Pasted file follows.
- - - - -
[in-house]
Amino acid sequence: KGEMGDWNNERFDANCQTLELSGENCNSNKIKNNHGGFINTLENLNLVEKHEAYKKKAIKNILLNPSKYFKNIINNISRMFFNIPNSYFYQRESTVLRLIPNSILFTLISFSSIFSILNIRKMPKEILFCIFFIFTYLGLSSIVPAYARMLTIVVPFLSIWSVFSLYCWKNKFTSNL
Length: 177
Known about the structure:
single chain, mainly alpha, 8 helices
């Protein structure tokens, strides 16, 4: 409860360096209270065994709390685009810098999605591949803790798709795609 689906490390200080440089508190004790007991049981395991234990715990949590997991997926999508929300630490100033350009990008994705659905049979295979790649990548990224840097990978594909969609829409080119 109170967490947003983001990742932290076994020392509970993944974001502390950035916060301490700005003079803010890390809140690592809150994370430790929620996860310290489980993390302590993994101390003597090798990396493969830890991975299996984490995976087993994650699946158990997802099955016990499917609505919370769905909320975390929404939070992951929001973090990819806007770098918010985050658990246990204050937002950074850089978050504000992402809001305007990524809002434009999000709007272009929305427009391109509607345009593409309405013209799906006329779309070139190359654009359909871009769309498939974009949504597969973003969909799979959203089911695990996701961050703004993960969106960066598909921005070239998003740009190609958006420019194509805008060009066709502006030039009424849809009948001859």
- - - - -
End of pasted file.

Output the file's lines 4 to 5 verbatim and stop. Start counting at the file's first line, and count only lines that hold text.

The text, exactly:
Known about the structure:
single chain, mainly alpha, 8 helices